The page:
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£730,000 for research into Chronic Fatigue Syndrome in children

Posted Mar 03 2009 2:19pm
The press release from Bristol University on a new research grant awarded by The National Institute of Health Research to Dr Esther Crawley, Senior Clinical Lecturer at the Centre for Child and Adolescent Health at the University of Bristol, made me prick my ears up in anticipation. Could we finally be spending money to find the cause of this horrendous illness? Is there hope that I can finally find a way to return to my former life? Alas, my heart sank when I realised that Dr. Crawley sat on the guideline development group for the NICE guidelines. In the press release she says: “My experience as a member of the NICE guideline development group for CFS/ME brought into sharp relief the deficits in the current evidence base."

“We do not know how common CFS/ME is in children, what the risk factors are for developing CFS/ME, whether CFS/ME can be prevented in children at high risk or what the best model for treatment is.

“Current models of care for children are based on adult evidence and there is no information on outcome, treatment or prognosis for children who are severely affected, or the very young.

“These gaps in knowledge were listed as research priority areas by the guideline development group, and this research plans to begin to address them.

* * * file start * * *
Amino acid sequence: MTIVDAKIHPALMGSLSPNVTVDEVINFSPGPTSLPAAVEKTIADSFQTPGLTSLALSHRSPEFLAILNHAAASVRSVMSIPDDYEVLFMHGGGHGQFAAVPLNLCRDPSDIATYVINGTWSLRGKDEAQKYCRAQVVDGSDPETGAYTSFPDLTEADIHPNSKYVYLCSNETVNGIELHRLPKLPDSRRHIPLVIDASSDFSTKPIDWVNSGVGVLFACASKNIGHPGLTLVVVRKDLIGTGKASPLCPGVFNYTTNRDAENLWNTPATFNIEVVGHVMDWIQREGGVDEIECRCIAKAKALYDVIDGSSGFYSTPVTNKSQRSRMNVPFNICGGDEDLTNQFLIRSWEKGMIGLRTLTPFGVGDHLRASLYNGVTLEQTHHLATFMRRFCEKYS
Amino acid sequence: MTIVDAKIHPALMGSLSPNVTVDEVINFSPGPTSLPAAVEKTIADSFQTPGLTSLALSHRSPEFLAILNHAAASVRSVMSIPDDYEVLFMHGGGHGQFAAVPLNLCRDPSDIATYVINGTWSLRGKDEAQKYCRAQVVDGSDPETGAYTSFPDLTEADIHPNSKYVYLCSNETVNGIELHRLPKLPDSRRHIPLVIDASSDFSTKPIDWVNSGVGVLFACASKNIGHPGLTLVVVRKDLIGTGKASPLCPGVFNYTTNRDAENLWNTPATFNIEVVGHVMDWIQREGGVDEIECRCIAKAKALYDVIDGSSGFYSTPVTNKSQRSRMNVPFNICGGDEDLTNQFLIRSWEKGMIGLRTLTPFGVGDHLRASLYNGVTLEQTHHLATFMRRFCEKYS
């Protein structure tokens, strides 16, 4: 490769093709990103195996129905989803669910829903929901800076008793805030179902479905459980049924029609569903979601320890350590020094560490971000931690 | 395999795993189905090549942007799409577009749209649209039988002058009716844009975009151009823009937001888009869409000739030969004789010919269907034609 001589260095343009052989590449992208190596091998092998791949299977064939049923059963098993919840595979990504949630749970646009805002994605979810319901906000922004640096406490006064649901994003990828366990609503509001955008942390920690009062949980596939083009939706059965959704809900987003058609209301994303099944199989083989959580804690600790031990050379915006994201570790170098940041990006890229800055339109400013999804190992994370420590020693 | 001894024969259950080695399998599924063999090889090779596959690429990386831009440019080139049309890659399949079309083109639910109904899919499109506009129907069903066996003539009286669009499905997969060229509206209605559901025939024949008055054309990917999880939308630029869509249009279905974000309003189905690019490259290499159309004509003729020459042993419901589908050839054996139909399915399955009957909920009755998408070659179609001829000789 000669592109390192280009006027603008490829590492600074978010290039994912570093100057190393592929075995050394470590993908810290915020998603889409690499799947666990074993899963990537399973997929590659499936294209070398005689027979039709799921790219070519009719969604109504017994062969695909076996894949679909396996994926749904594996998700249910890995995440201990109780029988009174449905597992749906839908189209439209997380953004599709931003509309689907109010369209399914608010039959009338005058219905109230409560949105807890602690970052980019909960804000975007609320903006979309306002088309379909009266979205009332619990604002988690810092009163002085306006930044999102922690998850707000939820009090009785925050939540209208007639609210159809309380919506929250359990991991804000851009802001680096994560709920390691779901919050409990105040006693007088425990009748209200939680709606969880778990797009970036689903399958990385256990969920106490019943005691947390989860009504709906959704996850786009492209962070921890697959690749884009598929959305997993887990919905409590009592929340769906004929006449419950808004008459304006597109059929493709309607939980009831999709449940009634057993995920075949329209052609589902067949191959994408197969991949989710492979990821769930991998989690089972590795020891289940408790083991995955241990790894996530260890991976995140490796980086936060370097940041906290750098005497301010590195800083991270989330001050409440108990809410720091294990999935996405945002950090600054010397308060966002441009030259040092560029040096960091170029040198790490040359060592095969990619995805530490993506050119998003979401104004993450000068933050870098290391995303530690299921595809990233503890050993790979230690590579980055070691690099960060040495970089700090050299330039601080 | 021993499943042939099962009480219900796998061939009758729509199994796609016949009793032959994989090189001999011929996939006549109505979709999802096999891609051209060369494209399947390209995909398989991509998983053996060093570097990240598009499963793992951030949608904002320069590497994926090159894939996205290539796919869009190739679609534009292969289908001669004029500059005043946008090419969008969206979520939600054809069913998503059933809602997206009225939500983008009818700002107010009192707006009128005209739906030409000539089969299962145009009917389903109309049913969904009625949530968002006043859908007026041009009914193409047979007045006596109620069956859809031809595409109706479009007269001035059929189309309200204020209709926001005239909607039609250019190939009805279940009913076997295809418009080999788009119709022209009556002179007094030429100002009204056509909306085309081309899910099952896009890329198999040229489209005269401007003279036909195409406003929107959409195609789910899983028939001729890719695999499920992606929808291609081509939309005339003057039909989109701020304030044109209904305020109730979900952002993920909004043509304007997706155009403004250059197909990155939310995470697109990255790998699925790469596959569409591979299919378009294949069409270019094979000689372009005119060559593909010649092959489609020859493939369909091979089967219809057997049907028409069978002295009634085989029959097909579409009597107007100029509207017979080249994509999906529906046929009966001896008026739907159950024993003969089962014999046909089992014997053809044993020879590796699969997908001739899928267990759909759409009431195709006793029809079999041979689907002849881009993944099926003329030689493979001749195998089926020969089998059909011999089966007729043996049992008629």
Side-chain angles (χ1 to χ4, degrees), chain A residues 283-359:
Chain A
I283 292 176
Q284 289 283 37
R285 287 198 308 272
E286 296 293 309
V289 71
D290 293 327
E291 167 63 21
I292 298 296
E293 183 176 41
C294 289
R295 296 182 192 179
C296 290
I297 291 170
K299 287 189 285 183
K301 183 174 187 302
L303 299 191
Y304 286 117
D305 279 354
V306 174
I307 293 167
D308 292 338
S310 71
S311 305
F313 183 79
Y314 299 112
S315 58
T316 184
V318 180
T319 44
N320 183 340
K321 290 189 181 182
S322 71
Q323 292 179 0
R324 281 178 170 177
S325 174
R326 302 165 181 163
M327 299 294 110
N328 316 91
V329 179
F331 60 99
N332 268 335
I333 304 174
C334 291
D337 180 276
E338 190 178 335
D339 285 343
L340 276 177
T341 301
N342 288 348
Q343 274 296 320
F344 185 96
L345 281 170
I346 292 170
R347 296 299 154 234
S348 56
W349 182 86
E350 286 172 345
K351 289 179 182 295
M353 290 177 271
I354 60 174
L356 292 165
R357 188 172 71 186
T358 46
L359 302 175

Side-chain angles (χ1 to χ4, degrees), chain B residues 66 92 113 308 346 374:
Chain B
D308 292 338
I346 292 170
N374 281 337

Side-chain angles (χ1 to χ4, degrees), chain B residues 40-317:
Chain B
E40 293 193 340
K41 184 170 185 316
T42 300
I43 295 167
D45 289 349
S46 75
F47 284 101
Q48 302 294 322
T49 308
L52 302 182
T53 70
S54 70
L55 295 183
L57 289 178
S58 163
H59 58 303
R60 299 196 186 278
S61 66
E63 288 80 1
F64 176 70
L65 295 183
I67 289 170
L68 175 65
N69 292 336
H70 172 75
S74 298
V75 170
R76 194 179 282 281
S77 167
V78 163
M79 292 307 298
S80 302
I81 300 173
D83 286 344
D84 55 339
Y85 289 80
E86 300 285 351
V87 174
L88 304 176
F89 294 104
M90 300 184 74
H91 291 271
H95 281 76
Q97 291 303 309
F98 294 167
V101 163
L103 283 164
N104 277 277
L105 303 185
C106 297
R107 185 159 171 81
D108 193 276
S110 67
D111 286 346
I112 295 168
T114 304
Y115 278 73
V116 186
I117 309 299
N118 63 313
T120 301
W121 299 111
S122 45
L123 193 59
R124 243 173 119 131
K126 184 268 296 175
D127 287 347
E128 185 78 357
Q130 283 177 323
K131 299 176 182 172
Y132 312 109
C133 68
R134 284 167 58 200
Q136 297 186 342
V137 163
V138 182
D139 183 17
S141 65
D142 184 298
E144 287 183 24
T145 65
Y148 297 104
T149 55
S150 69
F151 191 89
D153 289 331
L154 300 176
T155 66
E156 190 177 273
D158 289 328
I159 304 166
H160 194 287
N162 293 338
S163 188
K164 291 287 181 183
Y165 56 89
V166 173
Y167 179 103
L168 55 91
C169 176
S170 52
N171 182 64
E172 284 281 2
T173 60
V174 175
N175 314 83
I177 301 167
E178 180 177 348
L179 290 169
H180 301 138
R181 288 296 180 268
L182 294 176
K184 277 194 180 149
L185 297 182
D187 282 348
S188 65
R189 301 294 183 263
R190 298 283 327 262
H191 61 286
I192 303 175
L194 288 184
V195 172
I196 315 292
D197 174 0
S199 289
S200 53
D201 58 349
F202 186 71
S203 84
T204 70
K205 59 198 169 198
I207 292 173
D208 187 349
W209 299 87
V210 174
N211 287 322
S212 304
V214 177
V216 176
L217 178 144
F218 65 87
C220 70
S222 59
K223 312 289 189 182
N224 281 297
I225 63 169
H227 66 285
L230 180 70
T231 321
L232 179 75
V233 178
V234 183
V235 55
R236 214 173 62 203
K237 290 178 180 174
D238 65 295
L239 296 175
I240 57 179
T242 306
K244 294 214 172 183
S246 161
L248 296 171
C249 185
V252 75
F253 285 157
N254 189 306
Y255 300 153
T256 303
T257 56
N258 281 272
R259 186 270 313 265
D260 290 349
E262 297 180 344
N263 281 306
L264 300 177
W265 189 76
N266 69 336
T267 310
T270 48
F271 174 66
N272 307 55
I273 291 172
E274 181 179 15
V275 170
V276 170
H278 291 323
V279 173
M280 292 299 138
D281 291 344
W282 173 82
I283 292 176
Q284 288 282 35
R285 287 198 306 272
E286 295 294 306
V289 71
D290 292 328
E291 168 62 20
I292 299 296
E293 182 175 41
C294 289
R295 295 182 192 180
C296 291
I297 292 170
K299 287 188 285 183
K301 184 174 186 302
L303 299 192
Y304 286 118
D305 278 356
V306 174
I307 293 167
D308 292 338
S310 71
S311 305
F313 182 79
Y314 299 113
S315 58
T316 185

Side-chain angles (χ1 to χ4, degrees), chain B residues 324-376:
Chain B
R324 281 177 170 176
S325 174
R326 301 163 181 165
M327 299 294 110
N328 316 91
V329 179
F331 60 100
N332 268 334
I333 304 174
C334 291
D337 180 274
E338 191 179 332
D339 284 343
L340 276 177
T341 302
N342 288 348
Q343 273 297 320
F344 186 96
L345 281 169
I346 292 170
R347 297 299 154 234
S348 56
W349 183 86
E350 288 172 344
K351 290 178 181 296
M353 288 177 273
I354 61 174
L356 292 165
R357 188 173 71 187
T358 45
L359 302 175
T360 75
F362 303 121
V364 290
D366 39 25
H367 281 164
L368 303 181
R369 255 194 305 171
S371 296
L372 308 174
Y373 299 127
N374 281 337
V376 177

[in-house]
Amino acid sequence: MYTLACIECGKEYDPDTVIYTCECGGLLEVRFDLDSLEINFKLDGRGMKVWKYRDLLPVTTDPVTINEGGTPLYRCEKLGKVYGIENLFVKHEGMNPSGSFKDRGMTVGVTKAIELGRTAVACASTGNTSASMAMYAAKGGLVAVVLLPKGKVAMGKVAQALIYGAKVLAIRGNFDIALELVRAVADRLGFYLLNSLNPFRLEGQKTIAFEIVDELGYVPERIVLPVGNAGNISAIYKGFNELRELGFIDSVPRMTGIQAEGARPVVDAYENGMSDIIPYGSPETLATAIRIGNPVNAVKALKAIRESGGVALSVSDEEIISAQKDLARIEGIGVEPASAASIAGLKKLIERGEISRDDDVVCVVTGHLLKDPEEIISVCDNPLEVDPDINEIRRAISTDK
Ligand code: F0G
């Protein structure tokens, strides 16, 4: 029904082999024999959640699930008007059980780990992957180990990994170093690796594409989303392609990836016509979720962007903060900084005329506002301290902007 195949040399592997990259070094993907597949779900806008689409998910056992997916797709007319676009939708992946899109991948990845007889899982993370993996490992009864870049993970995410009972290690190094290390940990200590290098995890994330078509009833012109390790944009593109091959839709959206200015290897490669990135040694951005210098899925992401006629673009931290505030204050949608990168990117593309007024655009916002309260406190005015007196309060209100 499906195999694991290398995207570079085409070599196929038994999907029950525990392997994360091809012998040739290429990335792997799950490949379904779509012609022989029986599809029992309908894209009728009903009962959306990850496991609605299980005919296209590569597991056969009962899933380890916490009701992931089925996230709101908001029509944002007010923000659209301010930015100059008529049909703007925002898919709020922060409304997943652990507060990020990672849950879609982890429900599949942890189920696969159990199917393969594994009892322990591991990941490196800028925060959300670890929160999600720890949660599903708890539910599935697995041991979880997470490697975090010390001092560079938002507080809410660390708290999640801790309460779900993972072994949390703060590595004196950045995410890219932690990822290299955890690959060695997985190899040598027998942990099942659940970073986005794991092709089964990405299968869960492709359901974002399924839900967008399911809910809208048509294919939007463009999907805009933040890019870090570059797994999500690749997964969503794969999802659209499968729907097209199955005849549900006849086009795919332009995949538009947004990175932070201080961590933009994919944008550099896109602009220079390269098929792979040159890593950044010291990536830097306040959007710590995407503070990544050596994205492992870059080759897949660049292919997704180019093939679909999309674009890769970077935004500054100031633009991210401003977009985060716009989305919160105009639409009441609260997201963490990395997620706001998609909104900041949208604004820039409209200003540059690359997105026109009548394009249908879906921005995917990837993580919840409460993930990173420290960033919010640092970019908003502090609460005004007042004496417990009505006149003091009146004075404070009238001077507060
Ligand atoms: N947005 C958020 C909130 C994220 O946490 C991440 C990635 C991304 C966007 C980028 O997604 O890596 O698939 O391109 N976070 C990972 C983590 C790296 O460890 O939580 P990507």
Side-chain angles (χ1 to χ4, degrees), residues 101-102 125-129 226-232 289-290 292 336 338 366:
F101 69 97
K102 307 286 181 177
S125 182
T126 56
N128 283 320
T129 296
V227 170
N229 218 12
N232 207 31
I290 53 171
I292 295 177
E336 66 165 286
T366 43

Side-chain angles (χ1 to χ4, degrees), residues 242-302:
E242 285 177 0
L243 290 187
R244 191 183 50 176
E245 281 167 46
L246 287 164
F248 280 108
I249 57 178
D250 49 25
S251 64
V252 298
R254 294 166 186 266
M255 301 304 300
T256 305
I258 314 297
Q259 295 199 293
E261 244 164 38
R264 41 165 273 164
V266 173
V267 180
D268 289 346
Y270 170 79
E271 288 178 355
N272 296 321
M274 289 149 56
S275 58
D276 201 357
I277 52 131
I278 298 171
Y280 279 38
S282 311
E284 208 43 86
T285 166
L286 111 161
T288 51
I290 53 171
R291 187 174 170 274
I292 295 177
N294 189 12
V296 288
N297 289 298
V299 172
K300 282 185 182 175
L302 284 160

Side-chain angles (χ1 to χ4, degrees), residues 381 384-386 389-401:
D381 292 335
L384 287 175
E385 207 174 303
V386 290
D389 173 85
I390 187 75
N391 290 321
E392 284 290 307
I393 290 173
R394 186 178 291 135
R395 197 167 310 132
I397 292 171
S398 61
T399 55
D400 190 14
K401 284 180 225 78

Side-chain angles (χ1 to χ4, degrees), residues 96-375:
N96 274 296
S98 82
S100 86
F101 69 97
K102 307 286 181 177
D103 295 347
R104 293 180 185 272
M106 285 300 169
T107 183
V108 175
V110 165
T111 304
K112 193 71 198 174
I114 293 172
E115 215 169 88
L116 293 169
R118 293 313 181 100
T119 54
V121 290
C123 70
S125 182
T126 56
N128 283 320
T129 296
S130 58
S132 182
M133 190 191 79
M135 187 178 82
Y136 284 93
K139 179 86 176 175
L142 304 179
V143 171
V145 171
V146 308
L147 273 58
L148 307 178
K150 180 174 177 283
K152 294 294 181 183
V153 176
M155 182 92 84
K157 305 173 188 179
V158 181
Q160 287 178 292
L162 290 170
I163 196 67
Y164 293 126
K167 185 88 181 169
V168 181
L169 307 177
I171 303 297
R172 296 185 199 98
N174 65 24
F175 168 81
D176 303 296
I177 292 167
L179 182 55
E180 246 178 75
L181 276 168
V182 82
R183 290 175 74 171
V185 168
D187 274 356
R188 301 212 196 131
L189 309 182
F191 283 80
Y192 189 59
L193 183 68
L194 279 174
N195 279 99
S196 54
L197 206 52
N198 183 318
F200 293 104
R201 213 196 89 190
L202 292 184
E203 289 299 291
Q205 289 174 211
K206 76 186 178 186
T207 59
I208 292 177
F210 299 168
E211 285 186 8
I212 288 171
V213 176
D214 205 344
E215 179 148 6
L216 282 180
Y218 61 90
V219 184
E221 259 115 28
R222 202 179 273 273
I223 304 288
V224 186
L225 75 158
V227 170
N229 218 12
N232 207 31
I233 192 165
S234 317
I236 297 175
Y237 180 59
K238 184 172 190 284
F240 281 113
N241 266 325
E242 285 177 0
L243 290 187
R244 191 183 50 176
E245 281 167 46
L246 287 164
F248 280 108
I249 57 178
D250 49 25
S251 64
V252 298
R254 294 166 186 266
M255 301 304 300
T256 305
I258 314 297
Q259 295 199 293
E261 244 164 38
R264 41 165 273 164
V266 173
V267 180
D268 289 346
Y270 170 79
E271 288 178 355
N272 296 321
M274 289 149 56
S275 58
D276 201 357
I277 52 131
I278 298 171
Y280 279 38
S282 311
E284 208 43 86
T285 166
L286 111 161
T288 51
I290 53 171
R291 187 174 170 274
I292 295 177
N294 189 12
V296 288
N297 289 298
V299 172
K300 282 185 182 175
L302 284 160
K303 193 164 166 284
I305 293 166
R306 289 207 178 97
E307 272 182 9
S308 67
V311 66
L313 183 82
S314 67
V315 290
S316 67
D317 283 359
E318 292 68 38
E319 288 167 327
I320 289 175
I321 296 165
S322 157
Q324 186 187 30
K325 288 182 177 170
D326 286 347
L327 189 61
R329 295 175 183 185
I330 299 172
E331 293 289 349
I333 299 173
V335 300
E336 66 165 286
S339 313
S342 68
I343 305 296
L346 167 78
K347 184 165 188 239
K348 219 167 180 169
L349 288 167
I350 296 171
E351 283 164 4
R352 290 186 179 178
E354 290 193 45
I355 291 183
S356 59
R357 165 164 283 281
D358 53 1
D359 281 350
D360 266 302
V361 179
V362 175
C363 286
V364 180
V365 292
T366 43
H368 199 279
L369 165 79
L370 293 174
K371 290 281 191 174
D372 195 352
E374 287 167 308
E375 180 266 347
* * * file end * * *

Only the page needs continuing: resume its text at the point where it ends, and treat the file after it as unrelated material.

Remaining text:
"Throughout my clinical career I have aimed to base my practice on robust research evidence. This award provides an ideal opportunity for me to achieve my long-term goal of transforming the care of children with CFS/ME.”

Sounds good right? Accept nowhere in the proposed study does she mention biomedical research.

Dr Crawley’s research has three parts:

1) Investigate the causes of CFS/ME in children. Dr Crawley will use data from the University of Bristol’s Children of the 90s study to see how many children in the study had CFS/ME age 13yrs, and what factors predict CFS/ME.

2) Identify effective treatments for CFS/ME. She will examine the outcomes of care in children diagnosed with CFS/ME in different types of services across England to understand which are most effective in providing treatment.

3) Develop a school-based early intervention tool to prevent the development of CFS/ME in children. Dr Crawley will develop and test an education package for children who are missing school because of fatigue, to see if development of CFS/ME can be prevented. The economic impact of school absences due to fatigue will also be measured.

Sounds very much like she is aiming to look at the psychosocial approach but I may be wrong. I hope I am. How can we feasibly find treatment when we still don't know the biological cause. The need for research into possible viral, bacterial and mycoplasmic causes is where the money should be spent. This is where most real scientific research is headed. We are on the cusp of understanding and I have little doubt that we will find the organic cause soon. Unfortunately, research such as Dr. Crawley's may well represent a red herring and could be a complete waste of time and money.

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